A regulatory body is investigating fears that the ongoing marking boycott is impacting standards and equality at the University of Edinburgh.

The UCU union has been engaged in action short of a strike, effective from April 20, in a dispute over pay and conditions which means its members will not mark students' work.

As previously reported by The Herald, concerns have been raised about a dilution in standards across Scottish universities due to special measures put in place to get around the boycott, with concerns raised that students will be left with partially-marked 'dummy degrees'.

The Herald has learned that the Quality Assurance Agency for Higher Education Scotland (QAAS) is looking into the University of Edinburgh after a number of concerns were raised by staff over equality and standards.

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A letter signed by more than 40 staff laid out fears over dilution of academic standards, dilution of quality assurance due to no imperative that external examiners review marks, equality concerns and so-called 'no detriment' policies.

A source, who is not being named to protect their position, said: "One thing that’s really bothering the students is that the amended regulations were applied so unevenly.

“One of the big changes was that students could graduate even if they had 60 credits missing – that’s three courses so it could be all of your second semester work.

“Some exam boards have said ‘fine, yeah, OK it doesn’t matter that they’ve got 60 credits missing we’ll still give them the degree’.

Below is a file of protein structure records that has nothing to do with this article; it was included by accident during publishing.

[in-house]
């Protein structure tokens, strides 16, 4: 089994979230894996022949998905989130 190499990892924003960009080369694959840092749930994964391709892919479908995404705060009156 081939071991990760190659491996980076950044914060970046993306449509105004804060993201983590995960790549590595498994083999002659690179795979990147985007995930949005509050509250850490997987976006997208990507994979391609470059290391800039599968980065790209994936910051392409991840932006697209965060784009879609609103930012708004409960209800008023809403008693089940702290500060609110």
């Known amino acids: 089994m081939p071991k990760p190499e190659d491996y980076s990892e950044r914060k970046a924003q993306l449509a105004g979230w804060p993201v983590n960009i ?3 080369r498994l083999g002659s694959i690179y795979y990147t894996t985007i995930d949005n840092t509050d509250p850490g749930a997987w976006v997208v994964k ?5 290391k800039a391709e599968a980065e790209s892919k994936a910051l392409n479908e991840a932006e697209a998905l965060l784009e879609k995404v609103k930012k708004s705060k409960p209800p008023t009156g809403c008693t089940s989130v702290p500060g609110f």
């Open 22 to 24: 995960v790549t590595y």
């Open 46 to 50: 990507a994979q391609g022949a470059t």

The Herald: University of Edinburgh

“Other exam boards have said ‘we just can’t, in good conscience, give them a degree. They haven’t demonstrated attainment at that level’.

“So you could have a student who has taken practically the same courses, but with a wildly different outcome.

“So all the politics students, for example, if you were missing 60 credits - as most of them were - they’re not getting a degree.

“But if they did a joint honours, economics and politics, they are going to get their degree because the economics exam board just put them through.

“I just spoke to one of the students who’s on holiday and he said ‘half of us here are celebrating and half have got absolutely nothing’.

“It’s just so awful.”

Among the concerns raised with QAA Scotland were surrounding equality. It's feared students who may have been granted extensions or late submission due to special circumstances could be adversely affected, with those handing in coursework by the original deadline more likely to have a full run of marks.